It seems, then, that the women did see the corpse, if only very briefly and from a distance. As Keo volunteered, they had first become alerted to its presence by the smell of something rotting, which they thought might be a dead pig or dog. At this point Tegu interjected that he never detected any smell, adding that bodies only begin to smell two or three nights after death—a remark suggesting that he thought the creature had died more recently. He did, however, say there was a cow tied up nearby, straining at its tether as though frightened and trying to get away. Perhaps illuminating the disagreement over the smell, the tree near where Tegu found the body was a species of fig (Ficus variegata; Lio ara). In Southeast Asia, orangutans and gibbons, as well as humans, regularly eat the tree’s sweet, edible fruit, but when they fall to the ground and rot, they give off a very disagreeable smell. Possibly, then, it was this odor that the two women mistook for a rotting carcass. Or, alternatively, Tegu did detect a smell but attributed this not to the dead hominoid but to rotting figs.

For reasons I explain in a moment, I never got to meet Keo’s sister. Nor was I able to locate Fanus, the man who’d helped Tegu construct the coffin; he lived elsewhere and, it seems, just happened to be visiting at the time. In any case, Tegu thought Fanus, whom he knew only by his Christian name, had probably not seen much of the body, as Tegu was alone when he wrapped it up, thus concealing its face and other features.

When I departed from Tegu’s house in 2016, I was thus left with several questions. Tegu seemed open to speaking again. But, in fact, this was to be our last meeting. About a week later, I phoned Tegu, but he was far from home on some business. He said he didn’t know when we could next meet, and—contrasting noticeably with his previous attitude—he seemed unenthusiastic about the prospect. Subsequent phone calls went unanswered. Then, over a week later, I happened to be passing through Ndu’a Ri’a and made a stop at Tegu’s house. Only his wife was there. She was visibly distressed at my appearance, stating that she and her husband were busy and had no time to talk to me. They’d already told me everything I wanted to know, she added. And when I said I still wished to talk to her sister, she refused to provide information on where exactly the woman (who had long since moved back to Ende) was living or how I might contact her. Needless to say, I was taken aback by this reception—as were two Lio men I was traveling with. And compounding my surprise was the fact that during our meeting in his house, Tegu had telephoned his wife’s sister to ask what she remembered of the dead ape-man, but she was unavailable at the time. Having thought about it over the last several years, I’m now quite sure that resistance to my meeting Tegu again stemmed mainly from his wife, and that this was because she remained fearful about what she and her husband had discovered and therefore did not wish to discuss it any further.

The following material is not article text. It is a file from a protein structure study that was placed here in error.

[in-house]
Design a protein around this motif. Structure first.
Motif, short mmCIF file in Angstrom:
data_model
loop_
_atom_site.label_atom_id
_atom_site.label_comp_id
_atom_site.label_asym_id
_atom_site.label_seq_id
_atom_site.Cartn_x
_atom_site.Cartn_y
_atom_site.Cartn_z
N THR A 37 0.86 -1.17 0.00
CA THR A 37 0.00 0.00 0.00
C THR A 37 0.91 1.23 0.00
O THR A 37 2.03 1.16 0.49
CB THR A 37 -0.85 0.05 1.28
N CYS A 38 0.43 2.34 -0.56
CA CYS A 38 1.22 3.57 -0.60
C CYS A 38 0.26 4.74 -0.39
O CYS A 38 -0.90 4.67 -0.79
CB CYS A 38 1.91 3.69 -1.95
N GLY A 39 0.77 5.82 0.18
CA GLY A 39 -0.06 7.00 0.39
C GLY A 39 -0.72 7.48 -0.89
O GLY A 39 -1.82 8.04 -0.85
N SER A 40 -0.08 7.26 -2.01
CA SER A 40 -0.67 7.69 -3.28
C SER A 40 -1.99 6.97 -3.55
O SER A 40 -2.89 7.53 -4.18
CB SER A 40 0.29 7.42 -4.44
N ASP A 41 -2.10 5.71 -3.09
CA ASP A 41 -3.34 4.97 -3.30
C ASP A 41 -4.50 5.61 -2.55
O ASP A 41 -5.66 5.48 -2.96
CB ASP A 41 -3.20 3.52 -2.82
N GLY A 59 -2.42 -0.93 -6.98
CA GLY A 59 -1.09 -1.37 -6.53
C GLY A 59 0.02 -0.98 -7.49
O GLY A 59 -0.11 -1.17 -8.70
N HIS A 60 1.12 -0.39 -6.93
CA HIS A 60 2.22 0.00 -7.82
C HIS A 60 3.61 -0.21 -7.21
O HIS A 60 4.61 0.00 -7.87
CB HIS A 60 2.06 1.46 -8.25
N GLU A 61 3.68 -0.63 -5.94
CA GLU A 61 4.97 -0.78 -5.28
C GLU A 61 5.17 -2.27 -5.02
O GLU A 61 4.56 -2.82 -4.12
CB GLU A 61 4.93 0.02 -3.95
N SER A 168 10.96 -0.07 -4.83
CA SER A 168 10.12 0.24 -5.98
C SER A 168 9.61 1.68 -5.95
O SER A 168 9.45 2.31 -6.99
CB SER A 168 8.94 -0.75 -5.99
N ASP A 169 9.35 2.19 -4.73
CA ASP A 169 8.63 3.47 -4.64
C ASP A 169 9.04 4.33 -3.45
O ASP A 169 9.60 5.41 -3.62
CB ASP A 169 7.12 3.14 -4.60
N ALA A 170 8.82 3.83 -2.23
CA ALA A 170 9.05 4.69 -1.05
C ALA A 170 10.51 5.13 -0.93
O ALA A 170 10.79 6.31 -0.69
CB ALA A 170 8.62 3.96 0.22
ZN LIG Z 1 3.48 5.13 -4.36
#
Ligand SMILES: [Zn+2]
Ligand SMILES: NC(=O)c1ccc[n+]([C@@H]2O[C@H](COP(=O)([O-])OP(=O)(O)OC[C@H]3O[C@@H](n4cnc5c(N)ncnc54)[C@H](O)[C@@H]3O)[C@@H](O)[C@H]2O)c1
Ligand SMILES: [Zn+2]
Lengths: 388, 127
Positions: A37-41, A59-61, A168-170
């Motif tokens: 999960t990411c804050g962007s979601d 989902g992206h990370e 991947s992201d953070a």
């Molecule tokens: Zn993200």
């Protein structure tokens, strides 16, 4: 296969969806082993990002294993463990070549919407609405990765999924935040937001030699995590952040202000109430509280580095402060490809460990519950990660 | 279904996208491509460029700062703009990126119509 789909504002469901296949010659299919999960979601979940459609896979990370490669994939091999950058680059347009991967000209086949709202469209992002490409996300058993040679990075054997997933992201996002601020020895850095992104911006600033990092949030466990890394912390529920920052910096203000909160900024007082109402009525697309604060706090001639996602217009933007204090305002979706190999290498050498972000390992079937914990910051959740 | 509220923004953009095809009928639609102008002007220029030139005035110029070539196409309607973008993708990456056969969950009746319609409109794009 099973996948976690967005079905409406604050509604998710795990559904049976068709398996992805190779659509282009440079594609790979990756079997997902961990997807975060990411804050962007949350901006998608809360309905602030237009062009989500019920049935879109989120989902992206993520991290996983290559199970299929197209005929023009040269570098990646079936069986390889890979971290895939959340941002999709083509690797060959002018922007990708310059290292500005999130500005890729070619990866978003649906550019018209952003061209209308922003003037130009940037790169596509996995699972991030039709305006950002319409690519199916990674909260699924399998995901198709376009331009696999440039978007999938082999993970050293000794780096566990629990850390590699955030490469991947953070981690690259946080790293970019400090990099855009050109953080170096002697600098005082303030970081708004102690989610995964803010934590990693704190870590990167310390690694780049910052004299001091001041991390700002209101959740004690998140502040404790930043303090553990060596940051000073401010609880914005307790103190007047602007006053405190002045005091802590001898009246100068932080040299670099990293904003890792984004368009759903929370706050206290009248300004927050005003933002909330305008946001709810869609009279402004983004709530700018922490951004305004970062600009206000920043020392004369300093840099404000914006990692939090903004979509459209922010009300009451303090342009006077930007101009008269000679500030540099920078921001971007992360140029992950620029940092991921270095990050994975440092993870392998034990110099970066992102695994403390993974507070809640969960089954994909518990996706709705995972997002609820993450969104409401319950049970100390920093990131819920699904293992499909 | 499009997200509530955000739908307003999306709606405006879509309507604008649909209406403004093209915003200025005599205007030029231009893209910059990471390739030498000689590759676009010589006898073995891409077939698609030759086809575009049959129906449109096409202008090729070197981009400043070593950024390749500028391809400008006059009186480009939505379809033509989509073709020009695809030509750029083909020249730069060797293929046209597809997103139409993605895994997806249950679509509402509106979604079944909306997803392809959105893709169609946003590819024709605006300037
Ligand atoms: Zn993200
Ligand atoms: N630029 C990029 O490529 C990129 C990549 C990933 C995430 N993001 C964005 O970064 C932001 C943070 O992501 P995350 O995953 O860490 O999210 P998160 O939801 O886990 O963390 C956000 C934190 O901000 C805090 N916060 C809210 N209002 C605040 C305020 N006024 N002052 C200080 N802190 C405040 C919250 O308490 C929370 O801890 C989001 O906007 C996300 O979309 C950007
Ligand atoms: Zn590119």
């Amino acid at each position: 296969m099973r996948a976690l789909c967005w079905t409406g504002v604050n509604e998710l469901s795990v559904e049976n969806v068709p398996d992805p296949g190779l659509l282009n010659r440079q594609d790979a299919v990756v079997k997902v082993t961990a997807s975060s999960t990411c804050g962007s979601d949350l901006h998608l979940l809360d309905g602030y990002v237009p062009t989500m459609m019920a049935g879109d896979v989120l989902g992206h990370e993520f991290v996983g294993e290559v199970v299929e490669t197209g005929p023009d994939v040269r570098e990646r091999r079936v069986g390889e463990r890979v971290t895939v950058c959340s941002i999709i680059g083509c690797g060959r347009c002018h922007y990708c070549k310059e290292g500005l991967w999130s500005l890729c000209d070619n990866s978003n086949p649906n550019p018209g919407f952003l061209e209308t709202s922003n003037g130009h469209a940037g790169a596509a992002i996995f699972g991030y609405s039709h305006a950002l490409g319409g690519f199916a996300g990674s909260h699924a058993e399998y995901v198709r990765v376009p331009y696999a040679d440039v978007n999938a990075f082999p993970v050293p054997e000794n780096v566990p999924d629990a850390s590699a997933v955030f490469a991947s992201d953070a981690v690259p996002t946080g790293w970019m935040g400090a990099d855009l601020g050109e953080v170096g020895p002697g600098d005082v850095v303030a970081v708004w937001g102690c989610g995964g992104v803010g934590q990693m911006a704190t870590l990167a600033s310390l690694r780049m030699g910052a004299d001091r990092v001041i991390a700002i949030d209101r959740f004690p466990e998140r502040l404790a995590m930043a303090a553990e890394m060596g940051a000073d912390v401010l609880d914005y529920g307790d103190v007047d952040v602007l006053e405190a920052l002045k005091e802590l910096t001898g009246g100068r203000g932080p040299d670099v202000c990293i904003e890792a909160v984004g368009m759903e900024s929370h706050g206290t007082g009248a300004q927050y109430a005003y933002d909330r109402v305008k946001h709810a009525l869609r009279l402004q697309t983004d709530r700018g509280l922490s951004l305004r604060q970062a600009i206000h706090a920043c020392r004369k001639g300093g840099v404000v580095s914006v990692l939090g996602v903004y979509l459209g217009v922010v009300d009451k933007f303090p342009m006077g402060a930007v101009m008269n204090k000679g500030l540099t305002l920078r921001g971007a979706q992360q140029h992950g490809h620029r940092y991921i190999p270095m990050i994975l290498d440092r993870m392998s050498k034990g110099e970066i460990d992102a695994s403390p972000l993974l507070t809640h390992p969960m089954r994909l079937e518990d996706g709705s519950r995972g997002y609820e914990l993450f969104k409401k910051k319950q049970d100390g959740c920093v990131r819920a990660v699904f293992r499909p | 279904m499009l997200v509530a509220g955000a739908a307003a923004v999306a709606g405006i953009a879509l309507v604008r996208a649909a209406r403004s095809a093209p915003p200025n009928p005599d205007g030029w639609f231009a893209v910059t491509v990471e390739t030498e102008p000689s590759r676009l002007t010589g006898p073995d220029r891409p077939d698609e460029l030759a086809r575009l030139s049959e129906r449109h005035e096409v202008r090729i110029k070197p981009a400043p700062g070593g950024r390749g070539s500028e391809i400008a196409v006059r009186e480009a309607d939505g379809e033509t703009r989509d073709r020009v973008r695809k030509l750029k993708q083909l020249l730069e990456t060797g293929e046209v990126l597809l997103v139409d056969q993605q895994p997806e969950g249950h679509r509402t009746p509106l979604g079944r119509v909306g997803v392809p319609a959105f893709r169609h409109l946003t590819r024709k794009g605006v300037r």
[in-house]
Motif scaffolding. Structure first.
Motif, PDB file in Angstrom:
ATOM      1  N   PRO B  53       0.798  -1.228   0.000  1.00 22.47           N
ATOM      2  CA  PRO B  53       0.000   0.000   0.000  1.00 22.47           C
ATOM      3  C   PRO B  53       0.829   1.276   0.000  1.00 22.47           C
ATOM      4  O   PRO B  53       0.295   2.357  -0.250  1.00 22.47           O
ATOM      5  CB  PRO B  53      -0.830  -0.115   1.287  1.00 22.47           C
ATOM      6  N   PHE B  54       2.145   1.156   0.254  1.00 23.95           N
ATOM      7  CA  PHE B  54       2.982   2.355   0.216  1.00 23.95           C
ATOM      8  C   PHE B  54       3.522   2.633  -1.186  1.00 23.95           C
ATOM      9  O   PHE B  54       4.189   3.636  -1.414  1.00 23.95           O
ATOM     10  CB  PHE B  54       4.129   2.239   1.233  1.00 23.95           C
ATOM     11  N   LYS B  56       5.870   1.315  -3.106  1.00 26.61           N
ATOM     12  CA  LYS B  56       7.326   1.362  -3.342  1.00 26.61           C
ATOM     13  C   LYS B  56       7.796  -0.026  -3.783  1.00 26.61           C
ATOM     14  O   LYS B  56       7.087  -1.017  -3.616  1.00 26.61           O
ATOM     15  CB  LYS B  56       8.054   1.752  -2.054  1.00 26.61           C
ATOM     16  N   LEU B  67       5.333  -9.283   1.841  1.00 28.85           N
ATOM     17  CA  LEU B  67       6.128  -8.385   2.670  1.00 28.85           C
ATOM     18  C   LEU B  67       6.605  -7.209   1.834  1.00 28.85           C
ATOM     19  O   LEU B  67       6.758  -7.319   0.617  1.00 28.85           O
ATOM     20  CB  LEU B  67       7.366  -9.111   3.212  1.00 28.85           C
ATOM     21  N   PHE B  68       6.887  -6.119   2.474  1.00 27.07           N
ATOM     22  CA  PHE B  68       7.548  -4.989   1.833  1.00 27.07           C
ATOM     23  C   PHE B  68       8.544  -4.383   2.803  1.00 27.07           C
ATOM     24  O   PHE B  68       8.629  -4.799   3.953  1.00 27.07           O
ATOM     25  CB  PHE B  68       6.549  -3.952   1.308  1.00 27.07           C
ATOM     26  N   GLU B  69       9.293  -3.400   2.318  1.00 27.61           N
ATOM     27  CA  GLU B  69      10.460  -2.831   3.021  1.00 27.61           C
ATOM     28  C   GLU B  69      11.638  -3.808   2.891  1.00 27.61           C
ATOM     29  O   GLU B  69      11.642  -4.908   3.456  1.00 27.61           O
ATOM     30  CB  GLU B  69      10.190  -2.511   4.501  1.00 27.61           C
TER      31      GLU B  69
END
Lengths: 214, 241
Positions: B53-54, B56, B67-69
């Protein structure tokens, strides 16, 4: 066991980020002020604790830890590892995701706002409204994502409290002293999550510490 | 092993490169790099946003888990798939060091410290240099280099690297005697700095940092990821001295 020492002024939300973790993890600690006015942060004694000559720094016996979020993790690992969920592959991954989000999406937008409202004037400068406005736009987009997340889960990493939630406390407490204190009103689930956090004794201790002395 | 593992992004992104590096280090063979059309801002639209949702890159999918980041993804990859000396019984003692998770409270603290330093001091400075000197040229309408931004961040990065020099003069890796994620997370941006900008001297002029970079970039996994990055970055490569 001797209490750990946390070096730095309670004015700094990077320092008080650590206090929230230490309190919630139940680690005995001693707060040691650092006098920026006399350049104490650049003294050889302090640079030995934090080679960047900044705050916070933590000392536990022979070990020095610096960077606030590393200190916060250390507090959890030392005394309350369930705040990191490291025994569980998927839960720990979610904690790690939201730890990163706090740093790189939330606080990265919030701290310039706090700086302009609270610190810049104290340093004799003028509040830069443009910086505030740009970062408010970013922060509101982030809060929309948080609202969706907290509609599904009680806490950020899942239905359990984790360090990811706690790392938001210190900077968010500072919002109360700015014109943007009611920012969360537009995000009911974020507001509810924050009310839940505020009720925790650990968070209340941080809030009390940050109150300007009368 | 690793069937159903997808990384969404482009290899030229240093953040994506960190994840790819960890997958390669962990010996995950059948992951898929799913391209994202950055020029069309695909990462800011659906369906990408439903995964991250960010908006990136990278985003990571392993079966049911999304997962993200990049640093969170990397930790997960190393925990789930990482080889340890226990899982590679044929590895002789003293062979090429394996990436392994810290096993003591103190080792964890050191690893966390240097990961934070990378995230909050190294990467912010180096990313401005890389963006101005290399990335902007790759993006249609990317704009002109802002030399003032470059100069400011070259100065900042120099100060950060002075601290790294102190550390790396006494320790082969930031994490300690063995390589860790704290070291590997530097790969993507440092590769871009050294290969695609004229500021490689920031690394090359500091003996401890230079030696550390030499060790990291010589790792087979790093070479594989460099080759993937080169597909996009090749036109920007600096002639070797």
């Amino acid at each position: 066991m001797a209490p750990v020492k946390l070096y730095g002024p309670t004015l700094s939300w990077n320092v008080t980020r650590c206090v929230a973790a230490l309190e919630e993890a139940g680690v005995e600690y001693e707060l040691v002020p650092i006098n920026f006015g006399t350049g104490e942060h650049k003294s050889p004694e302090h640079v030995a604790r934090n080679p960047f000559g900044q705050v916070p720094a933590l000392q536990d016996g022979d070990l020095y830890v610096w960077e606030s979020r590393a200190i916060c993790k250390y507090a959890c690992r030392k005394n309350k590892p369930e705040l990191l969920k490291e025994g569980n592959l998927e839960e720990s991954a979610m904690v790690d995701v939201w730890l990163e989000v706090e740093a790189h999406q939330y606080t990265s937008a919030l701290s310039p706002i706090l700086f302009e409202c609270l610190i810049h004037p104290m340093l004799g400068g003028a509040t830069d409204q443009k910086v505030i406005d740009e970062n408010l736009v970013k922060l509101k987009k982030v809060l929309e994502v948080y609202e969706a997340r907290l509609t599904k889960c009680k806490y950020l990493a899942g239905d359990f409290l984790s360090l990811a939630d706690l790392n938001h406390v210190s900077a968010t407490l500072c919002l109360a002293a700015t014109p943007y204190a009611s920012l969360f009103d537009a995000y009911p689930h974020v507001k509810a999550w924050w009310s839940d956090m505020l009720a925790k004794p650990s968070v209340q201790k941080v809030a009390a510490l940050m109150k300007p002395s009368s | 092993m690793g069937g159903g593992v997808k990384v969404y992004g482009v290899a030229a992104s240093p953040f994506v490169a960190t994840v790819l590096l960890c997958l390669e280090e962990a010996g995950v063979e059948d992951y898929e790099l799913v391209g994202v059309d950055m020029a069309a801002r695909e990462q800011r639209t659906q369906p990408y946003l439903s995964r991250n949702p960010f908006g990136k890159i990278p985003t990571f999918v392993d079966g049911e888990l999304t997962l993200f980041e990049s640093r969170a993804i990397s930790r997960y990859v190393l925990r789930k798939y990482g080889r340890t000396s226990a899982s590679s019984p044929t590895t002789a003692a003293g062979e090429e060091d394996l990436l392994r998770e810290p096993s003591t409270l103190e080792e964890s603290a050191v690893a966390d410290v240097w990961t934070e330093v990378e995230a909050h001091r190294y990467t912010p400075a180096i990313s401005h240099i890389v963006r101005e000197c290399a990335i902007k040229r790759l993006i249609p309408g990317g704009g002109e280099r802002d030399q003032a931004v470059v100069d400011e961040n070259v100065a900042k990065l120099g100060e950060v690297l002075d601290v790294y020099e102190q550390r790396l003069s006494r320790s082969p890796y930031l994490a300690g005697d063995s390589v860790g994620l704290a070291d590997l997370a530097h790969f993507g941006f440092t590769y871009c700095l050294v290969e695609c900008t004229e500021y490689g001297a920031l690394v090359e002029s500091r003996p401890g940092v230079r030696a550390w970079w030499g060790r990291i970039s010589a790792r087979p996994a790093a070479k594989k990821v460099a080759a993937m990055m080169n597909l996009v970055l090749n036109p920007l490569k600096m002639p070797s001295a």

Excerpted from Between Ape and Human, by Gregory Forth. Copyright © 2022 by Gregory Forth. All rights reserved. No part of this excerpt may be reproduced or reprinted without permission in writing from the publisher, Pegasus Books.